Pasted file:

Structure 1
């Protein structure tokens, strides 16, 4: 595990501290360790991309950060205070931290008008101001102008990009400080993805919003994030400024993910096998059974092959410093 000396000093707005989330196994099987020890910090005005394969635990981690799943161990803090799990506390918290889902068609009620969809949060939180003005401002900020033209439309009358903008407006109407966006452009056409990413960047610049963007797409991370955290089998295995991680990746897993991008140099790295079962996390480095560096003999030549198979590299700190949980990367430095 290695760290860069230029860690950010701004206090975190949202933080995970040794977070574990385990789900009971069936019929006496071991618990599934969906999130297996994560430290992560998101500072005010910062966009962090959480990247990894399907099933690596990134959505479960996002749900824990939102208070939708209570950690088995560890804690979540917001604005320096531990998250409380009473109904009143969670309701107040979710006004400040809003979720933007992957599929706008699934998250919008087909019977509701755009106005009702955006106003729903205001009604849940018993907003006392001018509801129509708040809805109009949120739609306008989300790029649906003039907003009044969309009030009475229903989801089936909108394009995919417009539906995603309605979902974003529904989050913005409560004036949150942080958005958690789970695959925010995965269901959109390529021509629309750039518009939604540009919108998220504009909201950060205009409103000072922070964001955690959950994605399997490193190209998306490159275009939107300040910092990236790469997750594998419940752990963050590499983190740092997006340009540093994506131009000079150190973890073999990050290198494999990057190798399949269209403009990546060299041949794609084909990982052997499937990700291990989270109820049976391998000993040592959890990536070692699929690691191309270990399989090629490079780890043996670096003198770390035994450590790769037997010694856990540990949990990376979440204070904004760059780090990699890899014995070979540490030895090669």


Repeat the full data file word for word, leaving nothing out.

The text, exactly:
Structure 1
């Protein structure tokens, strides 16, 4: 595990501290360790991309950060205070931290008008101001102008990009400080993805919003994030400024993910096998059974092959410093 000396000093707005989330196994099987020890910090005005394969635990981690799943161990803090799990506390918290889902068609009620969809949060939180003005401002900020033209439309009358903008407006109407966006452009056409990413960047610049963007797409991370955290089998295995991680990746897993991008140099790295079962996390480095560096003999030549198979590299700190949980990367430095 290695760290860069230029860690950010701004206090975190949202933080995970040794977070574990385990789900009971069936019929006496071991618990599934969906999130297996994560430290992560998101500072005010910062966009962090959480990247990894399907099933690596990134959505479960996002749900824990939102208070939708209570950690088995560890804690979540917001604005320096531990998250409380009473109904009143969670309701107040979710006004400040809003979720933007992957599929706008699934998250919008087909019977509701755009106005009702955006106003729903205001009604849940018993907003006392001018509801129509708040809805109009949120739609306008989300790029649906003039907003009044969309009030009475229903989801089936909108394009995919417009539906995603309605979902974003529904989050913005409560004036949150942080958005958690789970695959925010995965269901959109390529021509629309750039518009939604540009919108998220504009909201950060205009409103000072922070964001955690959950994605399997490193190209998306490159275009939107300040910092990236790469997750594998419940752990963050590499983190740092997006340009540093994506131009000079150190973890073999990050290198494999990057190798399949269209403009990546060299041949794609084909990982052997499937990700291990989270109820049976391998000993040592959890990536070692699929690691191309270990399989090629490079780890043996670096003198770390035994450590790769037997010694856990540990949990990376979440204070904004760059780090990699890899014995070979540490030895090669």